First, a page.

Underlining the modern parity of international hockey, there has not been a repeat Olympic champion since NHL players made this tournament the greatest show on ice back in 1998.
The Czechs won the inaugural NHL Olympics, followed by Canada in 2002, Sweden in 2006 and again hockey's mother country, Canada, in 2010.
Actually, when you throw in the 2004 World Cup of Hockey, Canada has won three of the past five "best-on-best" tournaments, which certainly counts for something.
A daunting challenge awaits Team Canada in Sochi, however. Not only will it be trying to be the first back-to-back Olympic champion in the NHL Games era, but it is going to try to break the overseas hex that has plagued both the U.S. and Canada, which have gone without a medal in Nagano and Turin.
Can Team Canada do it? You'd better believe it has a good chance.
Five things to watch
1. If you're among those who believe championship teams are built down the middle, we're not sure how you can possibly top having Sidney Crosby, John Tavares, Jonathan Toews, Ryan Getzlaf and Patrice Bergeron as your five centers, with Matt Duchene another option but likely playing wing. Getzlaf is currently penciled in to begin the tournament as the fourth-line center, if there's such a thing, really, on this team. This is the area, for sure, in which Team Canada hopes to exploit matchups and dominate puck possession, right from the faceoff. There isn't a country in the tournament that matches up at center with Canada.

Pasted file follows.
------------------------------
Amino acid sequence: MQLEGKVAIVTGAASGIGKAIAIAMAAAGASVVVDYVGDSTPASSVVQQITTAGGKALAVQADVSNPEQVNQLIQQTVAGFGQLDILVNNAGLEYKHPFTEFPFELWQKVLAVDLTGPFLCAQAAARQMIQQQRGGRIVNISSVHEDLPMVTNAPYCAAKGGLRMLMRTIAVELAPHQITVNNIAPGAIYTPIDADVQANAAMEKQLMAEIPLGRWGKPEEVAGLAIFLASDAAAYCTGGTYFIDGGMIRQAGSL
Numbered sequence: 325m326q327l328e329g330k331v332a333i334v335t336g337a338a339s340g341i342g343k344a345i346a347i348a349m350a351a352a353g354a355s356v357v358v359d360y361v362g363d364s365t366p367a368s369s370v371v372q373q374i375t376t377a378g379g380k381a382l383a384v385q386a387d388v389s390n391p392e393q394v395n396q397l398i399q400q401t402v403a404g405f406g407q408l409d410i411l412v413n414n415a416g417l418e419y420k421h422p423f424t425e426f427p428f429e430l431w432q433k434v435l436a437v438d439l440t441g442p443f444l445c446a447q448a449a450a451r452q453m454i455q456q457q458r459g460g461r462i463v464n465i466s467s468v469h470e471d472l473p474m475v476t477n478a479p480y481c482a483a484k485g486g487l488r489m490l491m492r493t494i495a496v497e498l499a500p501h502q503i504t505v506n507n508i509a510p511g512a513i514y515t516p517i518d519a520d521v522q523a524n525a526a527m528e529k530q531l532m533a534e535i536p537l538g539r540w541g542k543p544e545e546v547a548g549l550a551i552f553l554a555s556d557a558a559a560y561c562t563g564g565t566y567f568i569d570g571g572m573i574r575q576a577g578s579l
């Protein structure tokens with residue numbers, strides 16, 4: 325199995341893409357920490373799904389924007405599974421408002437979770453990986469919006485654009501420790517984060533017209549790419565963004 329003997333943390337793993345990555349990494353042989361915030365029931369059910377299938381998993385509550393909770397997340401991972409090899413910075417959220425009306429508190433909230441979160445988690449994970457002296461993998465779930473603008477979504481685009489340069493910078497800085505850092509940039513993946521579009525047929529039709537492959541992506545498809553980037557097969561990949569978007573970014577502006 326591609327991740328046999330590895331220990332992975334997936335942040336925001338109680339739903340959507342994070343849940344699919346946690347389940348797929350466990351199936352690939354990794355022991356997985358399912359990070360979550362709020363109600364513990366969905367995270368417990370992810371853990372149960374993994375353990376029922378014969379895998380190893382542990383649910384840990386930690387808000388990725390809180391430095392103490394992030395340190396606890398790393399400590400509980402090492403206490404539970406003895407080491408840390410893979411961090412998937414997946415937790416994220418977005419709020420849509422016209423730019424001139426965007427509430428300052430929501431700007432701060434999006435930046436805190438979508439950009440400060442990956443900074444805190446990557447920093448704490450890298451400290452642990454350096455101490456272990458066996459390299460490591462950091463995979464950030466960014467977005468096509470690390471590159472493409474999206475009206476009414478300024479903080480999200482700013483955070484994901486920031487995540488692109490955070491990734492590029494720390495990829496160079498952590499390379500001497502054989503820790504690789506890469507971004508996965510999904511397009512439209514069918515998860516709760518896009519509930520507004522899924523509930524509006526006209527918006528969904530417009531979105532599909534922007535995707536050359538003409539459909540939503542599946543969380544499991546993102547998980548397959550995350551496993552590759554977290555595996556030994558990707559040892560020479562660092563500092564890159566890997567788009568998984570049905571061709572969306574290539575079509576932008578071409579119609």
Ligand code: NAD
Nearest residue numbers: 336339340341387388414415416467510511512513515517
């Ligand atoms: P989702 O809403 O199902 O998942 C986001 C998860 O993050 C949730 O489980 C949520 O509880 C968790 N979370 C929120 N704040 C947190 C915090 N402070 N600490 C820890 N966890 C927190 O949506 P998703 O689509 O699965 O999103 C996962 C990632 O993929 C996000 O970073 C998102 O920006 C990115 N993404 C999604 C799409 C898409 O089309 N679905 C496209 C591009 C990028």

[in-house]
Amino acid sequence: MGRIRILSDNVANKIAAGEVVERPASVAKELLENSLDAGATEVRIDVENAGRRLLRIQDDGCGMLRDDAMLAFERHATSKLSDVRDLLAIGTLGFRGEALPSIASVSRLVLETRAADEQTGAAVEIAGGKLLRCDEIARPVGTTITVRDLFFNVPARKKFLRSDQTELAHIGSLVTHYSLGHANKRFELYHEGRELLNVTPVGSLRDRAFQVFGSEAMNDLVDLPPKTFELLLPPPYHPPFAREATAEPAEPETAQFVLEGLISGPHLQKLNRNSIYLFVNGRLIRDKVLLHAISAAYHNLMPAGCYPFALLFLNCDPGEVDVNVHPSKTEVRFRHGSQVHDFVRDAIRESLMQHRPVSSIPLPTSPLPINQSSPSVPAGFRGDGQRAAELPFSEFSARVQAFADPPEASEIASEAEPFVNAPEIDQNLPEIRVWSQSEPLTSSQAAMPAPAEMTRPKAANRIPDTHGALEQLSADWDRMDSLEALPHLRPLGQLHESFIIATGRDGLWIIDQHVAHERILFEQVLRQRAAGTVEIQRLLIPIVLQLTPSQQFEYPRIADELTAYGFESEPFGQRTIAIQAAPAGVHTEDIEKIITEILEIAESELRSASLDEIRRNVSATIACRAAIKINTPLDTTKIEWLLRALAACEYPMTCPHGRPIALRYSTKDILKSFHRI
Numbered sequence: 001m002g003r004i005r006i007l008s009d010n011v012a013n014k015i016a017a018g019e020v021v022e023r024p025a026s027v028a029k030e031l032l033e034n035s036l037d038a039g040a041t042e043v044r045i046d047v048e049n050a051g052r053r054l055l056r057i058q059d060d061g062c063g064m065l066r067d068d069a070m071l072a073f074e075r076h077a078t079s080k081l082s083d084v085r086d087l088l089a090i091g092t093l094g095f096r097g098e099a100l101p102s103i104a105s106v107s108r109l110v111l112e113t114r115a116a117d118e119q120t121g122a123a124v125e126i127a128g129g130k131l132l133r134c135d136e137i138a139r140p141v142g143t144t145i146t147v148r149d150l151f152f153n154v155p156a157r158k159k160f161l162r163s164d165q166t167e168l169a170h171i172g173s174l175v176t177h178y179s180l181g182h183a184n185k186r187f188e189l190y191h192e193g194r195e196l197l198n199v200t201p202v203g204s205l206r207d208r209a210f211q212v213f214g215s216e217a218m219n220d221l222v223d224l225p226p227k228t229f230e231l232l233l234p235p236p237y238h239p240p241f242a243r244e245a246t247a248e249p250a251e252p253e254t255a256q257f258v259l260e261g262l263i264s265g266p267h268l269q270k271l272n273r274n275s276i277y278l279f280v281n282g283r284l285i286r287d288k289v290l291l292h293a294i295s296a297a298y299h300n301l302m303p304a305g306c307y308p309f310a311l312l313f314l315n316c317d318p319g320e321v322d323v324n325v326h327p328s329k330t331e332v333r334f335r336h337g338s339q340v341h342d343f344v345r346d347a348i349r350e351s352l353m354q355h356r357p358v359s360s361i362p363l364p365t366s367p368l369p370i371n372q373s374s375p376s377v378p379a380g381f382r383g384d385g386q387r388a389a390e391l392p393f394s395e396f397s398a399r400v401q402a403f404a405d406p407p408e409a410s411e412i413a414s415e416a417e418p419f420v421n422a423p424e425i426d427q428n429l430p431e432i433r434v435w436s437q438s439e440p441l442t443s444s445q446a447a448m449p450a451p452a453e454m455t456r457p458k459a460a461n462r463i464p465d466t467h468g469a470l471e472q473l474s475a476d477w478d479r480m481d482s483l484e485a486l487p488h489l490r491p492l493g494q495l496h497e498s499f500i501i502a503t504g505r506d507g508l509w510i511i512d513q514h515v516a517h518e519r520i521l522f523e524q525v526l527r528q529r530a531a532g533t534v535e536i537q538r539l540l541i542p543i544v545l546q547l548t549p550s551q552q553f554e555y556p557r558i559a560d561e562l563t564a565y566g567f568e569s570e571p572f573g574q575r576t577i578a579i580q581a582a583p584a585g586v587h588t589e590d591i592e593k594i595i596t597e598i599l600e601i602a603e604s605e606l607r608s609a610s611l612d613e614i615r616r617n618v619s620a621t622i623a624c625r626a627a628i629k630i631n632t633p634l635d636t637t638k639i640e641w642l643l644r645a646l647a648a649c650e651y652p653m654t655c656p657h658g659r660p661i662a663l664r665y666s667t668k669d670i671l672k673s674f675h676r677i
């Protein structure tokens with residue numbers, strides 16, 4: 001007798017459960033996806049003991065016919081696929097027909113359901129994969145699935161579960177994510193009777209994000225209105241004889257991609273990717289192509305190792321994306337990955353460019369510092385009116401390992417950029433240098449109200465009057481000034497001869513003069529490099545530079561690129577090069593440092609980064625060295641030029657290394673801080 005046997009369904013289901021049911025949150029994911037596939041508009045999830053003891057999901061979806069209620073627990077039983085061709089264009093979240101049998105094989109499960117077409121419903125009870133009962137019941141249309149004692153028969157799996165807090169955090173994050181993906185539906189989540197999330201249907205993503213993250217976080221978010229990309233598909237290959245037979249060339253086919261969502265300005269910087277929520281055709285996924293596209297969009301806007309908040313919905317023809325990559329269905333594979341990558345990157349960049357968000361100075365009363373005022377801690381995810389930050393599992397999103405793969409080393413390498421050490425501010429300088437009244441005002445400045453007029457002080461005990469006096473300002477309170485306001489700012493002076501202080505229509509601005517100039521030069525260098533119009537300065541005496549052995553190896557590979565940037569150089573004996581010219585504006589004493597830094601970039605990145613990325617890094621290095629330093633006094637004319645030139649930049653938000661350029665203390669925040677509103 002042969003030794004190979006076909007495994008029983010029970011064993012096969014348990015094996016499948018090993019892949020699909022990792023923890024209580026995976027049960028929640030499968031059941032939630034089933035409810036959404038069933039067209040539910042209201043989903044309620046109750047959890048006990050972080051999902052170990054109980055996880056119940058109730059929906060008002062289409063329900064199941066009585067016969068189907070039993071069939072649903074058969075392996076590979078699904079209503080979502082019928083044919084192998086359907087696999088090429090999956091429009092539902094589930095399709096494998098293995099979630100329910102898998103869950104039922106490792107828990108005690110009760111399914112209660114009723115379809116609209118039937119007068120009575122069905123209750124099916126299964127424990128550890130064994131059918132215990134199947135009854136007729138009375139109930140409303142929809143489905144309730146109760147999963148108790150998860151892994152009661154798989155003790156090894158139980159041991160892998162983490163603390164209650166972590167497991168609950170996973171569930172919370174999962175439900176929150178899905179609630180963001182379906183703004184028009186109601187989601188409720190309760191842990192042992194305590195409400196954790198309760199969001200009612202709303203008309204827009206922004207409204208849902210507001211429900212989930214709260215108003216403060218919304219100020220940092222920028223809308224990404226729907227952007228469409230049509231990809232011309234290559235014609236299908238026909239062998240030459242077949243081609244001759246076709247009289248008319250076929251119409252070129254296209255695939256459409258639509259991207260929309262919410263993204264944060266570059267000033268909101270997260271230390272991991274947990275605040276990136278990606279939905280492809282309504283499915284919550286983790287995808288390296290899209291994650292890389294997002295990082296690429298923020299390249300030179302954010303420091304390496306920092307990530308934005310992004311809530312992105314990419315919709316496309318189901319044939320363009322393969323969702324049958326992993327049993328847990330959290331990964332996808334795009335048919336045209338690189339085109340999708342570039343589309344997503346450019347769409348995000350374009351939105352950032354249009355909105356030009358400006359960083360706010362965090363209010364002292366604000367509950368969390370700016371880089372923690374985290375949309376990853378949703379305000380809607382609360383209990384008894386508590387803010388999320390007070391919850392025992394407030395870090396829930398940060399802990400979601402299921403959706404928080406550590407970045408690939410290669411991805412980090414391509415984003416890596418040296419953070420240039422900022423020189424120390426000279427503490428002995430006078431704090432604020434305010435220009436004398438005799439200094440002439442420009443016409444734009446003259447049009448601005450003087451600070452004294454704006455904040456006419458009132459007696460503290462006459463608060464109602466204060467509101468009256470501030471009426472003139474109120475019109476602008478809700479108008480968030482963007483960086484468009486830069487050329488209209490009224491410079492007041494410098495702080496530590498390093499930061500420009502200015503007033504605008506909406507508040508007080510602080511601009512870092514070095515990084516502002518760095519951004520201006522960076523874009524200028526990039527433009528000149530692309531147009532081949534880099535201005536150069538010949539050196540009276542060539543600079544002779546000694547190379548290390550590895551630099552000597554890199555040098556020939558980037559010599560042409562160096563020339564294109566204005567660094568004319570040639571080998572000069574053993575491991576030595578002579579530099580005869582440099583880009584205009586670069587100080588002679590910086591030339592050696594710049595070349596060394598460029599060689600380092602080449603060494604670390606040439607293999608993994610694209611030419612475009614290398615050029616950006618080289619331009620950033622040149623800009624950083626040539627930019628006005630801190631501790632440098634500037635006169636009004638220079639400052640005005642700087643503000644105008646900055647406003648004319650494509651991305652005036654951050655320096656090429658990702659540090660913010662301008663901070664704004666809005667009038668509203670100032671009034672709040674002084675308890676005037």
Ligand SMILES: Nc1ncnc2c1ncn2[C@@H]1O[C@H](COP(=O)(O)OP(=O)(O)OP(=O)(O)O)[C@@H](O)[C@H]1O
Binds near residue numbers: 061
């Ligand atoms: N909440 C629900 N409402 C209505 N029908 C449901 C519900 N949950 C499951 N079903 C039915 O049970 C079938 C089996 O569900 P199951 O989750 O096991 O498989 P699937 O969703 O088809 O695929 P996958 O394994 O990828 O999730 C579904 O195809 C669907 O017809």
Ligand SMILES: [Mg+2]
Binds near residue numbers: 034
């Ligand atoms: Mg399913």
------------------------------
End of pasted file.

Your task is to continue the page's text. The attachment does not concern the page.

2. The loss of Steven Stamkos will still be felt, regardless of Canada's ridiculous forward depth. OK, so no other country would be able to choose between Martin St. Louis, Claude Giroux, Eric Staal, James Neal, Tyler Seguin et al as an injury replacement? All of them would have made the other countries' rosters. Canada chose the veteran St. Louis to replace Stamkos, and there's no denying the Tampa captain will brings lots to the table in Sochi. However, let's not completely dismiss the loss of Stamkos. He's the best pure goal scorer in the world with a Canadian passport, bar none. Nobody is on his level for goal scoring in Canada. Don't tell me his absence won't be felt on the Canadian power play or when Canada needs a goal in a medal-round game. It will be.
3. The story in camp last August was goaltending, and it will remain a storyline unless there's a gold medal hanging around each Canadian player's neck on Feb. 23. Head coach Mike Babcock says he'll give Carey Price and Roberto Luongo each a start to begin the tournament before deciding ahead of Game 3 who will be his man for the rest of the way. No matter how you look at it, this is where Canada stacks up the least confidently. Luongo was in goal for gold in Vancouver even though nobody gives him much credit for that. That's unfair, really. You can't win when you win? Price, meanwhile, has the upside according to NHL scouts to be the guy who steps up big time in this tournament -- if given a chance. But is he ready?